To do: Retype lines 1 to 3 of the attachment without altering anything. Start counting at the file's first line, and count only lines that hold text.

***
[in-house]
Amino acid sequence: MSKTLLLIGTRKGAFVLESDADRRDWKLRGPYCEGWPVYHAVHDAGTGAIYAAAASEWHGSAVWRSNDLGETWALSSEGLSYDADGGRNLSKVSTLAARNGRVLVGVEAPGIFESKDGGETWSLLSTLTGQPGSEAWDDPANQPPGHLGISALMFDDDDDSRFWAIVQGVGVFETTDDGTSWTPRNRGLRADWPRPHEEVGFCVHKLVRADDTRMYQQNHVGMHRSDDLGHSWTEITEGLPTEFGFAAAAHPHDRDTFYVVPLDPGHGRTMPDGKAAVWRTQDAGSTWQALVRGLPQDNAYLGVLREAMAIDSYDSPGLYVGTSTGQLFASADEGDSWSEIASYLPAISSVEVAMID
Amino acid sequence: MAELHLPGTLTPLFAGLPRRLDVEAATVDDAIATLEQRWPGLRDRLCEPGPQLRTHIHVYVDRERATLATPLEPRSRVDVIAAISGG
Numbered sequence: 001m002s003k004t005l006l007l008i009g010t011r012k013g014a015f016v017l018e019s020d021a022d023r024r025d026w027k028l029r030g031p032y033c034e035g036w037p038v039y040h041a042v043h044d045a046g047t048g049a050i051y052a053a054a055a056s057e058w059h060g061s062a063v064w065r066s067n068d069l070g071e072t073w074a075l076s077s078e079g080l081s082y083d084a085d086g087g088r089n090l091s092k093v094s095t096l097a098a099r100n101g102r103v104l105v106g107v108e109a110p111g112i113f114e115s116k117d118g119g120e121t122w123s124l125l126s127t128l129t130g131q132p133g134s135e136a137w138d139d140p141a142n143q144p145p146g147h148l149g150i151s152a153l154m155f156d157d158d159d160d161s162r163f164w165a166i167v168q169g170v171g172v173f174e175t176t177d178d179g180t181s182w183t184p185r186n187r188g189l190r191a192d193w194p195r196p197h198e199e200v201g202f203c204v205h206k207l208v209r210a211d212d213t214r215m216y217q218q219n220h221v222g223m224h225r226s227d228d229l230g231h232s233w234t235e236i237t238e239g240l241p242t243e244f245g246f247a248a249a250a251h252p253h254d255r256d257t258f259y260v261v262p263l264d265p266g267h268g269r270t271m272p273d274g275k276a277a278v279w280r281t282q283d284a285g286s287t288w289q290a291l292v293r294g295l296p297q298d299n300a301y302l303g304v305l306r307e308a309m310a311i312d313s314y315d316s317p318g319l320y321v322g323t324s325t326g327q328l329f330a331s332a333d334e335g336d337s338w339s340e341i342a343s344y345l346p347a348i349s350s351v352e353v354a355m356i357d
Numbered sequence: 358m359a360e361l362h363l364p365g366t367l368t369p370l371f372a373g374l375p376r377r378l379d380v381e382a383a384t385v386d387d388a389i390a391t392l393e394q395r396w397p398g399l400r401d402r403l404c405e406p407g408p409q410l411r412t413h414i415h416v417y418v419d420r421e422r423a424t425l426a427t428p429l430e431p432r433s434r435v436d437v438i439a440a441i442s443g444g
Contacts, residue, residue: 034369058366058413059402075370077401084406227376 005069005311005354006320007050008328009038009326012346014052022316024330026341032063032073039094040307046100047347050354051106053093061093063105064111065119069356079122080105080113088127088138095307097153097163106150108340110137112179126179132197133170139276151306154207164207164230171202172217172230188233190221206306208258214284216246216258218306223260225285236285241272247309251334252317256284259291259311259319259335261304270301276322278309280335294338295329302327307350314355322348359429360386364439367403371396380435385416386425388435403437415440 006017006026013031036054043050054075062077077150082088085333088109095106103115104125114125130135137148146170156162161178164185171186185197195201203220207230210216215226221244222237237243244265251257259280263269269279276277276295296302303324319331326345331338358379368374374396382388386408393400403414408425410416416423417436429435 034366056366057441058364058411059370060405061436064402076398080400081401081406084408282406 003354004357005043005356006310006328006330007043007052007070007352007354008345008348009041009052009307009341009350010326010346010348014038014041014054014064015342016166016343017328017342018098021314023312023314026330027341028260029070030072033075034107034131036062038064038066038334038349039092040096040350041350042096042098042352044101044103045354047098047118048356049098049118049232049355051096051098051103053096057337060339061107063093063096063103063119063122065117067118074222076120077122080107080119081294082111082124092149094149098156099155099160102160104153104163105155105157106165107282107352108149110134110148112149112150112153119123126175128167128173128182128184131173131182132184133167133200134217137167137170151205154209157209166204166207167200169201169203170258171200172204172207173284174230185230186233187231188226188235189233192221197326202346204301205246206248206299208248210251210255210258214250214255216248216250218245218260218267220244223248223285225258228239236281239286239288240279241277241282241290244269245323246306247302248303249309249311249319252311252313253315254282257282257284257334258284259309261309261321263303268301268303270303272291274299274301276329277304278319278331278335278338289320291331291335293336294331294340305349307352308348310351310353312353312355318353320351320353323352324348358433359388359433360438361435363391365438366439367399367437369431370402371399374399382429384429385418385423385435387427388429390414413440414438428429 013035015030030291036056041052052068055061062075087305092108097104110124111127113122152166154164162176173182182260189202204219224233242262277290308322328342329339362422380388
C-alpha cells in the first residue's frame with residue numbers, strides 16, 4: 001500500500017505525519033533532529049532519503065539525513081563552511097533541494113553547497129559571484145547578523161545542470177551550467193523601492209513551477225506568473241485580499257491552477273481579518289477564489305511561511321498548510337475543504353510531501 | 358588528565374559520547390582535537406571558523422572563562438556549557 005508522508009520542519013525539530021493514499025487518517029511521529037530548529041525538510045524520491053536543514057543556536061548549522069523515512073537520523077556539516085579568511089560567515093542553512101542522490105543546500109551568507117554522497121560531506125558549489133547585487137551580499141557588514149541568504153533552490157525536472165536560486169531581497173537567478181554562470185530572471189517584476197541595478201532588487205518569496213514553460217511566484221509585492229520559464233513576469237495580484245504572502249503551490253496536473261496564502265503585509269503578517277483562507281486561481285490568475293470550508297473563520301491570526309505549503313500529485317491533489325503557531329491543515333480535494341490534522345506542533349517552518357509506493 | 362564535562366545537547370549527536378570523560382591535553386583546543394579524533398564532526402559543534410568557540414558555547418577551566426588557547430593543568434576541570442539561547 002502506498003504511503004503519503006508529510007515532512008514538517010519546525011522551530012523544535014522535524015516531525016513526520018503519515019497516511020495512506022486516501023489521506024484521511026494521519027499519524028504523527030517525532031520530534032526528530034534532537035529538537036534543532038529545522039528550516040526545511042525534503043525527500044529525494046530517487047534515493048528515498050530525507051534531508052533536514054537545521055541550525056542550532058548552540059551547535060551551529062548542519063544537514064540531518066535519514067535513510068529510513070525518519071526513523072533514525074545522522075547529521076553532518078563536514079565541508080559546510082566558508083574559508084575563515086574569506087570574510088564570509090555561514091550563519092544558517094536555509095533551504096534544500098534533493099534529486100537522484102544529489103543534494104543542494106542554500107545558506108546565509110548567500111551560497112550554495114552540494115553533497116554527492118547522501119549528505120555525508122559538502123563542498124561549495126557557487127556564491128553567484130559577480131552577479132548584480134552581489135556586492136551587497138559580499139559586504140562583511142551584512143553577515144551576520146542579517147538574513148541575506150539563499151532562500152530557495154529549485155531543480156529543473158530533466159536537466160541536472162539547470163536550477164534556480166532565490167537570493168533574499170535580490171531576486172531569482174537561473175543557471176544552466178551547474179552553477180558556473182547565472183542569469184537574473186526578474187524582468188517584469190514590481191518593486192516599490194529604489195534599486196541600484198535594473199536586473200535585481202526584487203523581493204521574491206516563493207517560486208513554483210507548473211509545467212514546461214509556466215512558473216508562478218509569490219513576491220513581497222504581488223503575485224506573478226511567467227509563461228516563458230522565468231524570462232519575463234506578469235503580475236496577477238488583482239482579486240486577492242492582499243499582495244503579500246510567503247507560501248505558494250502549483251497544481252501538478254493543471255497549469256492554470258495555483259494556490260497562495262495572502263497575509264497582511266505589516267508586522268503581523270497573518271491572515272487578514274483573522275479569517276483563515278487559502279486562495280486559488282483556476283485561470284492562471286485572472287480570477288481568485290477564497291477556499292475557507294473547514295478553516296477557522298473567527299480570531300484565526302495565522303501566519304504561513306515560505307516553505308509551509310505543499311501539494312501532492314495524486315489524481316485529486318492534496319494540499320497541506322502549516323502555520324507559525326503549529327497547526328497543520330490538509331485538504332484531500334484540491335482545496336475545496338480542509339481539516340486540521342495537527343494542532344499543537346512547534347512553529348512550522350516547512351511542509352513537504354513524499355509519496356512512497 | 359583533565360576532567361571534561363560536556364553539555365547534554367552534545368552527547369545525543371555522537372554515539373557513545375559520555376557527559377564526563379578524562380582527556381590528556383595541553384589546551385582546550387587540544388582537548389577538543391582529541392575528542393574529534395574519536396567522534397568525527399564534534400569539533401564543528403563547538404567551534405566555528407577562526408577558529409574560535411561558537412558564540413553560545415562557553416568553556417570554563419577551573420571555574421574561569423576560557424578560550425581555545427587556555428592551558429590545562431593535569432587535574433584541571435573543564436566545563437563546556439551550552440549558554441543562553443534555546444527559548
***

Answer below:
[in-house]
Amino acid sequence: MSKTLLLIGTRKGAFVLESDADRRDWKLRGPYCEGWPVYHAVHDAGTGAIYAAAASEWHGSAVWRSNDLGETWALSSEGLSYDADGGRNLSKVSTLAARNGRVLVGVEAPGIFESKDGGETWSLLSTLTGQPGSEAWDDPANQPPGHLGISALMFDDDDDSRFWAIVQGVGVFETTDDGTSWTPRNRGLRADWPRPHEEVGFCVHKLVRADDTRMYQQNHVGMHRSDDLGHSWTEITEGLPTEFGFAAAAHPHDRDTFYVVPLDPGHGRTMPDGKAAVWRTQDAGSTWQALVRGLPQDNAYLGVLREAMAIDSYDSPGLYVGTSTGQLFASADEGDSWSEIASYLPAISSVEVAMID
Amino acid sequence: MAELHLPGTLTPLFAGLPRRLDVEAATVDDAIATLEQRWPGLRDRLCEPGPQLRTHIHVYVDRERATLATPLEPRSRVDVIAAISGG